Cause and Effect of El Niño and La Niña Episodes
written May 2020
The US Government’s National Atmospheric and Oceanic Administration (NOAA) issues El Nino/Southern Oscillation (ENSO) report the second Thursday of every month. ENSO is a recurring climate pattern involving changes in the temperature of equatorial waters in the central and eastern Pacific Ocean. This oscillating warming and cooling pattern, referred to as the ENSO cycle, directly affects rainfall distribution around the world. El Niño and La Niña are the extreme phases of the ENSO cycle; between these two phases is a third phase called ENSO-neutral.
ENSO affects Australian weather more so than any other crop area of the world and the Aussie government devotes much of its resources to track and report ENSO information twice a month.
I track ENSO reports. The following is the monthly summary from NOAA from August 2018 and my corresponding analysis of the same set of facts. I have found NOAA monthly reports are the most reliable 30 to 60 day forecast tool for world weather.
Predicting weather with accuracy is the key to predicting grain prices.
For more than 500 years, the world knew when millions of dead anchovies washed-up on the beaches of Ecuador and Peru, the world's weather was about to change, but no one knew why. The search for the "Holy Grail" of weather forecasting was to figure out why those anchovies died.
Fifty or so years ago, we learned the anchovies died due to a rapid change of the temperature of the Pacific water west of Peru. Research efforts then focused on what caused the water temperature to change and, more importantly, how to predict weather as a result of the temperature change.
The science of monitoring and evaluation of the wind direction and the temperature of the wind and surface water of the Equatorial Pacific and Indian Oceans is called EL NIÑO/SOUTHERN OSCILLATION (ENSO).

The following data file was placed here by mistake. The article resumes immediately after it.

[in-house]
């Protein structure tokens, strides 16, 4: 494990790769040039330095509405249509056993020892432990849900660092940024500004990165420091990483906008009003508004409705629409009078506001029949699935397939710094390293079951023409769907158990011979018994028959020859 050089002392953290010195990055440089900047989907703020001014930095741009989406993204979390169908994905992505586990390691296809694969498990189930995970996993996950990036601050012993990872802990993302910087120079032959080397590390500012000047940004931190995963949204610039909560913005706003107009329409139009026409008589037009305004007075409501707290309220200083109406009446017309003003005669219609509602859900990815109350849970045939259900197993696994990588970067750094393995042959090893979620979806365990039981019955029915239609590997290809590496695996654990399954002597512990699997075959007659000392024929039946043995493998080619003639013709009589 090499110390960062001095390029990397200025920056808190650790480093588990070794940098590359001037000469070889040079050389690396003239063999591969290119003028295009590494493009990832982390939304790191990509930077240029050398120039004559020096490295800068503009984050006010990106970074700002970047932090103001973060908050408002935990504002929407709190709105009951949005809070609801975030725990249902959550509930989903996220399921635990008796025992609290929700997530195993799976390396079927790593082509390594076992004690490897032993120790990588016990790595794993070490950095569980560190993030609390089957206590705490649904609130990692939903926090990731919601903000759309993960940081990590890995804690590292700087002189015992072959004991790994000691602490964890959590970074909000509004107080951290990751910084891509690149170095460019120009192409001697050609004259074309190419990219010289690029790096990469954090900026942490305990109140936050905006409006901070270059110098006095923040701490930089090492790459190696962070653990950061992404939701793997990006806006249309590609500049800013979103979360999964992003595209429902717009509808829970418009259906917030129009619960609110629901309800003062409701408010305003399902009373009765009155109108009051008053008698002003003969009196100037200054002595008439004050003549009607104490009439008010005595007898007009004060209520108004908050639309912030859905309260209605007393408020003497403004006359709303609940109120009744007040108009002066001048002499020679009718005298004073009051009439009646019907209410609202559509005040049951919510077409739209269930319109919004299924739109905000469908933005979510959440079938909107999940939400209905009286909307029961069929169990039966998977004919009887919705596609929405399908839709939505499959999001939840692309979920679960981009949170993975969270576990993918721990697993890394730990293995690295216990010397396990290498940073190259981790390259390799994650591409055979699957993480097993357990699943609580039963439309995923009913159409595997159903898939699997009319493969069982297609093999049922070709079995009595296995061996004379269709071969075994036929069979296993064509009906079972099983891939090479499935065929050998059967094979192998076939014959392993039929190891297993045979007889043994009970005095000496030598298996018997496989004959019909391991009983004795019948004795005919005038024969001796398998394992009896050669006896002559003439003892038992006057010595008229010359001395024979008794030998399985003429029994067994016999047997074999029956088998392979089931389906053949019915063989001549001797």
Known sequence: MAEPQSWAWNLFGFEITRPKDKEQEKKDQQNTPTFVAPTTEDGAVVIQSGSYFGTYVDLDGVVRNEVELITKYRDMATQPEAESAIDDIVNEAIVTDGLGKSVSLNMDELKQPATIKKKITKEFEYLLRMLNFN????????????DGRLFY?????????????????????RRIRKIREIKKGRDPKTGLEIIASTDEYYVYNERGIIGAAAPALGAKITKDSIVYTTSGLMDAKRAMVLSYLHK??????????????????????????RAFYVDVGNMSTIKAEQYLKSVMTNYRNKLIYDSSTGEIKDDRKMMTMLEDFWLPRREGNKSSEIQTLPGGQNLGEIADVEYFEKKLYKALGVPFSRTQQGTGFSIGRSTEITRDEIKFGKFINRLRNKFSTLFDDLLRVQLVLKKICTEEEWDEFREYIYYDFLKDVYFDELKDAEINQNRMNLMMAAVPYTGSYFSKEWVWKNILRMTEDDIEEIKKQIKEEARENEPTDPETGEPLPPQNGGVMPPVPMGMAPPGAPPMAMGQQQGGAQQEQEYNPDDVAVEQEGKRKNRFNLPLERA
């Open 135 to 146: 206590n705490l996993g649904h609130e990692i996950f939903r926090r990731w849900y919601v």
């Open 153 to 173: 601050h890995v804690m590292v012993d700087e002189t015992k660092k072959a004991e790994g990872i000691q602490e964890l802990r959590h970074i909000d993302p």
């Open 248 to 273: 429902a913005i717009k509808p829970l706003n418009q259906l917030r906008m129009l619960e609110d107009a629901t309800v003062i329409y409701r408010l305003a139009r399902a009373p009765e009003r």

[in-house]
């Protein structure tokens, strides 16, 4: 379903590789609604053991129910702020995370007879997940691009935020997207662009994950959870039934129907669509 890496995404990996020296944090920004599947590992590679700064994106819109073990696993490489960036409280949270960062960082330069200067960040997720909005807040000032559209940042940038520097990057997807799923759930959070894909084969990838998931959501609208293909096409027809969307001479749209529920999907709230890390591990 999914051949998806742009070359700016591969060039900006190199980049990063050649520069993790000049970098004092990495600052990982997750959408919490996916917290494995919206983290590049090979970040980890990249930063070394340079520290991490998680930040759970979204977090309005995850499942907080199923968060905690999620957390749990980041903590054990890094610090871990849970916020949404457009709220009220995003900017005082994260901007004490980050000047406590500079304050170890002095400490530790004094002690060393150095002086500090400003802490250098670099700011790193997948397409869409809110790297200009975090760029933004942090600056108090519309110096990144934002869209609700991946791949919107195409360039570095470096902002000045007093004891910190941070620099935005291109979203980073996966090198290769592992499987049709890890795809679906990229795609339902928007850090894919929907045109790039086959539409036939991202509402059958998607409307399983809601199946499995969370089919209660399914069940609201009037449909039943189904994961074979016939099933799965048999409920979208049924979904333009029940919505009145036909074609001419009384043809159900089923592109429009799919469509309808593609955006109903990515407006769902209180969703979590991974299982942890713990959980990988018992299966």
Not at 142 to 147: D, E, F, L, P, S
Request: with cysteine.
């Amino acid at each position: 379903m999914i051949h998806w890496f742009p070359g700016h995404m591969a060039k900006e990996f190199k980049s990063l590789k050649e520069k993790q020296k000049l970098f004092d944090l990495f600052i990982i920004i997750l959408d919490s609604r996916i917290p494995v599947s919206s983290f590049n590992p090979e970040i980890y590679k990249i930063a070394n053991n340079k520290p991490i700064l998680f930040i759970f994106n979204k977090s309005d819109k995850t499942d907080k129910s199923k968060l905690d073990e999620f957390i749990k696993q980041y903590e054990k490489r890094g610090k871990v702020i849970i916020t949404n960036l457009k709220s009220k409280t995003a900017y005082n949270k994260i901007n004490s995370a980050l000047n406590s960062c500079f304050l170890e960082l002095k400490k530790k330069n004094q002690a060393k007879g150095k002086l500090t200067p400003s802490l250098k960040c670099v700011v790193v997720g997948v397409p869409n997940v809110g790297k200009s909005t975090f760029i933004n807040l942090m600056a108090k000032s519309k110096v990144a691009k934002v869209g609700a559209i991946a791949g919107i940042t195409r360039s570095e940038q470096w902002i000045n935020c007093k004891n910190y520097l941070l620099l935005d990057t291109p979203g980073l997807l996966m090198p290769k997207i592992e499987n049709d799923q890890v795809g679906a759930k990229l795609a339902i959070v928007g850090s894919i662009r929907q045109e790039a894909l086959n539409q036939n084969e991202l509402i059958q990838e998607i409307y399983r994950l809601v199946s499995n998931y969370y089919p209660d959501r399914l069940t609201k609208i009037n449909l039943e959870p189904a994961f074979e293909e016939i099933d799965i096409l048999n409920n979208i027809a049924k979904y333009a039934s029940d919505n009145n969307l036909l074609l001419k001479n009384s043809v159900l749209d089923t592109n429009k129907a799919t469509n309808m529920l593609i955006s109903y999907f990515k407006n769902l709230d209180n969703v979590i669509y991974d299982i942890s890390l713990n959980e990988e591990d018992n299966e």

I have learned ENSO influences on weather is, by far, the most reliable long-term predictor of world weather. Of course nothing is 100% in this business; if it was, we all would be rich.
After decades of following ENSO data, I usually disagree with the professionals' weather predictions based upon ENSO data. I have learned the water temperature of the Pacific Ocean impacts Corn Belt weather far more than water temperature in the Indian Ocean or wind temperature and direction in either ocean.
There are three phases of ENSO, namely Neutral, El NIÑO and La NIÑA.
El NIÑO springs and summers bring cool and cloudy weather with above normal rainfall to the Corn Belt. In an El NIÑO year, the biggest risk to the corn crop is not getting it planted, but if the corn gets planted, the national average yield will most likely be a record large as improved technology and great growing weather allows the plant genetics to do their thing. Soybeans do not do as well as corn El NIÑO growing season as wet soil enhances fungi diseases.
The cool, cloudy weather will hinder maturity, harvest will be late and the corn will be wet. You need to price your price your corn early and your beans late in an El NIÑO growing season. Likewise, buy your propane early in such a year.